Browsing through the books on sale at the recent Edinburgh Book Festival, it was a sobering thought that only 5 per cent of the titles could be accessed by blind people through audio or Braille.
"It would be the same in any bookshop or library," says John Legg, director of the Royal National Institute for the Blind Scotland. "Imagine having to say to your child or your pupil, `No, you can't have that book - or that one or the other one. They're just not accessible to you.'"
It's a state of affairs which also exercises the mind of Children's Laureate Julia Donaldson.
"I can't imagine being deprived of my favourite stories from childhood - and I want to help ensure that no child today is excluded from the world of books that, even early on, can do so much to help shape the person we become."
Ms Donaldson was speaking at the launch of a Braille and audio version of one of her stories, Freddie and the Fairy. She has recorded it personally onto audio disc at the RNIB Scotland transcription studio.
"No child should be denied the chance to enjoy the same stories as their peers, stories that stretch the imagination and sense of wonder," she says.
It takes on average five days to record an RNIB talking book and costs between pound;1,000 and pound;2,500. It's a time-consuming process that depends heavily on the use of volunteers.
"You have to capture the voice of the book, from a young voice to an 80- year-old. We sometimes use actors or drama-student volunteers but, importantly for us, teachers do volunteer as well," says Mr Legg.
The RNIB's Talking Books service began in 1935, when audio versions were recorded on vinyl (old 78s to be exact), and since then more than 75 million audio books have been issued to people with sight problems in the UK.
More than 8,000 RNIB talking books are issued every day and over 2 million every year.
"From vinyl we moved onto cassettes, and now to CDs and online downloads. Audio books are especially important for people who lose their sight with age, because they are maybe too old to learn Braille or their fingers lack the necessary sensitivity," says Mr Legg.
"But also, there is the question of sheer bulk. When we published a Braille version of a Harry Potter book, for example, it had to be issued in 10 boxes. Think of that as compared to simply downloading an audio version or popping in a couple of CDs," he says.
The RNIB book service does contain as many bestsellers as possible, but also caters for individual interests and hobbies like chess, fishing, cookery and crafts, and it publishes in Scots, Gaelic, Punjabi and Urdu, among other languages.
"It's a huge undertaking and our presence at the book festival every year is very important, not only to publicise what we do, but also to meet sympathetic writers who come forward each year and volunteer to audio- transcribe their work," says Mr Legg.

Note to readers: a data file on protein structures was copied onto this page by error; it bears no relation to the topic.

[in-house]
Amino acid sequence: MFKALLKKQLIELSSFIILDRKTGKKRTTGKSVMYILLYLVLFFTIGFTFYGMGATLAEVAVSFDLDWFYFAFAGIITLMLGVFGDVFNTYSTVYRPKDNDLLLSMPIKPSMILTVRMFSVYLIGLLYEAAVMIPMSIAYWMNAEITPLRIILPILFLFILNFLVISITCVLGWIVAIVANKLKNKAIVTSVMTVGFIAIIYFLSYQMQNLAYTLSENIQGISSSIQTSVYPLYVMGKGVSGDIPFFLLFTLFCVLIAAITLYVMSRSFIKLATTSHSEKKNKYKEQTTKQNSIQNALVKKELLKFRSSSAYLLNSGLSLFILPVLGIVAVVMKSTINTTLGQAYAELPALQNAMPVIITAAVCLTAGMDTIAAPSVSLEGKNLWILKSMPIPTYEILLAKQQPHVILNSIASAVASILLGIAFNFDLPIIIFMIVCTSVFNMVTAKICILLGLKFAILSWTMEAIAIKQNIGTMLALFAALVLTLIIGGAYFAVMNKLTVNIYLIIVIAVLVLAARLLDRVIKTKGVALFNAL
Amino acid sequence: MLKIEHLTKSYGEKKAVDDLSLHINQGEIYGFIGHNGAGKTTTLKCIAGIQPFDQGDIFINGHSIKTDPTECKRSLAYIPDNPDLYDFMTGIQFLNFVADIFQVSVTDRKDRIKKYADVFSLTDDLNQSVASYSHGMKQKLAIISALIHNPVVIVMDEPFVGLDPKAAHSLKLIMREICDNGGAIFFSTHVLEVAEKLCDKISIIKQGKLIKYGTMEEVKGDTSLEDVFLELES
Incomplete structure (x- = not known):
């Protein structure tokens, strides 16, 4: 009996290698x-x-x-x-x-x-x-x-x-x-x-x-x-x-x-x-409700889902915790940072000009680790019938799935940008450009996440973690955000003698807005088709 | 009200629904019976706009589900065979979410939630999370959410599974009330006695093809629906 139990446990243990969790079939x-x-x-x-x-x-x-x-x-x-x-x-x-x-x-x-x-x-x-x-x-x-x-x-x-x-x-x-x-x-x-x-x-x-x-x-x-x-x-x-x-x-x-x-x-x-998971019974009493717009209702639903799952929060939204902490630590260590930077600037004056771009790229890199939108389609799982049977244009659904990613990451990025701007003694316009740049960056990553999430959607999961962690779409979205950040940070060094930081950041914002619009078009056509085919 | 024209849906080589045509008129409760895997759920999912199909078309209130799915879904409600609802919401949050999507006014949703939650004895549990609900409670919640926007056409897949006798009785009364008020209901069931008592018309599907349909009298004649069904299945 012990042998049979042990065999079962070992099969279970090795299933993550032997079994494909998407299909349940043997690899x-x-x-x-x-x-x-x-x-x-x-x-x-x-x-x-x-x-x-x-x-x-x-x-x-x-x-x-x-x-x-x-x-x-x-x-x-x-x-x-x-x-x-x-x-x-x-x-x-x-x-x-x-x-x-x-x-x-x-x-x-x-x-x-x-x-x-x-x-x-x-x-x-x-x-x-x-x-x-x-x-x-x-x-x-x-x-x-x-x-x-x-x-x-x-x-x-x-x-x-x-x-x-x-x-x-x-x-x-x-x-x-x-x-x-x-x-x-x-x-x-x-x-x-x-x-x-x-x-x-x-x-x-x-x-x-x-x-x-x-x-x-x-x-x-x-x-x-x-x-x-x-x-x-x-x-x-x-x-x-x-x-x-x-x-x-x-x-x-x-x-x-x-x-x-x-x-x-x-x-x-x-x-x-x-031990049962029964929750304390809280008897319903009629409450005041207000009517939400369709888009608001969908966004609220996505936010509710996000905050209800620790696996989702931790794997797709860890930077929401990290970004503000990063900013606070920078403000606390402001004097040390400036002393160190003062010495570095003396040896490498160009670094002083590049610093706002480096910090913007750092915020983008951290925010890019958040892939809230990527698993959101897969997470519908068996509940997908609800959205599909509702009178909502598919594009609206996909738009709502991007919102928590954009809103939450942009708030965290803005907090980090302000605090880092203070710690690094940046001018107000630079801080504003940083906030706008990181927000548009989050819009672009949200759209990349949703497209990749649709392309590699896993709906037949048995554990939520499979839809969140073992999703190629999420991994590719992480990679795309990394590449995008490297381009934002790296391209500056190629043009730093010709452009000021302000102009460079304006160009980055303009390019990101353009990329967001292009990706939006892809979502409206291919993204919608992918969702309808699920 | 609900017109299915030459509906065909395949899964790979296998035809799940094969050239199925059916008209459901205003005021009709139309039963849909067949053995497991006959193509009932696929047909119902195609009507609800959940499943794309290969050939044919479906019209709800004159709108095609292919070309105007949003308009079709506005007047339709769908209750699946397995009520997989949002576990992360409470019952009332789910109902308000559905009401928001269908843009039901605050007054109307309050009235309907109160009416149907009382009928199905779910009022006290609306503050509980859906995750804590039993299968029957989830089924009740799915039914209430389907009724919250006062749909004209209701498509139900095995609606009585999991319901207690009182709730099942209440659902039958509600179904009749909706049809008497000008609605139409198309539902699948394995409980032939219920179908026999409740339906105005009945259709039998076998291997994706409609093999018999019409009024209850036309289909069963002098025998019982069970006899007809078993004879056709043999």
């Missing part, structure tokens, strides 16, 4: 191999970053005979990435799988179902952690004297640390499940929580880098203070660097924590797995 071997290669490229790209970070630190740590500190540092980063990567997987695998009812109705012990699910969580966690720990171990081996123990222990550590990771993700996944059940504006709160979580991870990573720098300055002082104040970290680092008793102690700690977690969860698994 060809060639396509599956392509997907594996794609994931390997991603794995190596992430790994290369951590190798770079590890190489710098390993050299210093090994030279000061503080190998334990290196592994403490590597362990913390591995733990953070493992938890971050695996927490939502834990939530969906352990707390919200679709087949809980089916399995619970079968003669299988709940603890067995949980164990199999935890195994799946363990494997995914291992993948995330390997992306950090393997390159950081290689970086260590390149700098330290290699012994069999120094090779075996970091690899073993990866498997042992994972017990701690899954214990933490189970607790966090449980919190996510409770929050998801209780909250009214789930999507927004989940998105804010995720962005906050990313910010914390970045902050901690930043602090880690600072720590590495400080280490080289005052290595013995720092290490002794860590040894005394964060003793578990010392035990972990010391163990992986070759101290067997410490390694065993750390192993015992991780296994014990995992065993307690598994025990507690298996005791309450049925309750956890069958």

"Michael Palin is a case in point. He transcribes all his books for us, free, because he can see the worth and value of what we do."
All RNIB audio books are unabridged, making the organisation the largest unabridged audio library in Europe.
"With audio books you can also flip pages back and forth, as you would with a printed book, and you can also mark pages - say, a favourite poem or recipe - as you might with a print version," says Mr Legg.
The vital importance of the RNIB audio library hardly needs underlining - but it is, when your eyes are drawn to a large sign in the festival book tent. It quite simply reads: "Every week in Scotland, 10 people start to lose their sight."
Another sobering thought.
The RNIBS Book Festival event drew attention to how book illustrations - a vital part of literature for young children - are being made accessible to children with sight loss.
"Pictures help children learn, and blind youngsters can feel left out if they don't understand the pictures that are such an important part of children's stories," says Liz Davies, production manager with the charity Living Paintings.
"By providing images that can be `felt', Living Paintings' Touch to See books ensure that children with limited or no vision can share the experiences of their sighted friends.
"They can gain so much from the special experience of feeling the characters and scenes in picture books, and listening to the descriptions of the illustrations. The painted `feely pictures' help them connect meaningfully with characters and story.
"The audio soundtrack describing the illustrations is packaged with the book, and the book pages are interleaved with the text of the story in Braille.
"This gives blind and partially-sighted children equal access to books and learning and enables them to begin to understand the visual world of storytelling for themselves.
"Touch to See books are designed to be inclusive and fun - and this is what the children tell us they want.
"Because of the design of the books, they also enable the child to share the book with sighted friends, reading the same story together and enjoying the illustrations together too."